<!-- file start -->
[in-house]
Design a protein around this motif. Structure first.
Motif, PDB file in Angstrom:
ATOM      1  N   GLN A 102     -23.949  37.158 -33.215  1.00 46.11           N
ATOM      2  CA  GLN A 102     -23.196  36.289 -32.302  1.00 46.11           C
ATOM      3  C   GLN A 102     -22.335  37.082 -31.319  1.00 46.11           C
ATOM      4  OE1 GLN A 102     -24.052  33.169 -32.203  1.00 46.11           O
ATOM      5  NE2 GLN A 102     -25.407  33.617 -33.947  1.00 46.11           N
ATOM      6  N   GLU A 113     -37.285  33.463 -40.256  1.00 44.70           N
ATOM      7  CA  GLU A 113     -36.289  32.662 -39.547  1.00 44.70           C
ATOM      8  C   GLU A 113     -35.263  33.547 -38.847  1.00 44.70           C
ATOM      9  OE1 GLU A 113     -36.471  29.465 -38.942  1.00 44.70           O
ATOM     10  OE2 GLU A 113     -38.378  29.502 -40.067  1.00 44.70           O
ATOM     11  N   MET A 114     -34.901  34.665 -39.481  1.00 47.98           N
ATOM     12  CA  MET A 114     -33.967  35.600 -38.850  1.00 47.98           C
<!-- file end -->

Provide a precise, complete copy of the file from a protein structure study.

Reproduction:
[in-house]
Design a protein around this motif. Structure first.
Motif, PDB file in Angstrom:
ATOM      1  N   GLN A 102     -23.949  37.158 -33.215  1.00 46.11           N
ATOM      2  CA  GLN A 102     -23.196  36.289 -32.302  1.00 46.11           C
ATOM      3  C   GLN A 102     -22.335  37.082 -31.319  1.00 46.11           C
ATOM      4  OE1 GLN A 102     -24.052  33.169 -32.203  1.00 46.11           O
ATOM      5  NE2 GLN A 102     -25.407  33.617 -33.947  1.00 46.11           N
ATOM      6  N   GLU A 113     -37.285  33.463 -40.256  1.00 44.70           N
ATOM      7  CA  GLU A 113     -36.289  32.662 -39.547  1.00 44.70           C
ATOM      8  C   GLU A 113     -35.263  33.547 -38.847  1.00 44.70           C
ATOM      9  OE1 GLU A 113     -36.471  29.465 -38.942  1.00 44.70           O
ATOM     10  OE2 GLU A 113     -38.378  29.502 -40.067  1.00 44.70           O
ATOM     11  N   MET A 114     -34.901  34.665 -39.481  1.00 47.98           N
ATOM     12  CA  MET A 114     -33.967  35.600 -38.850  1.00 47.98           C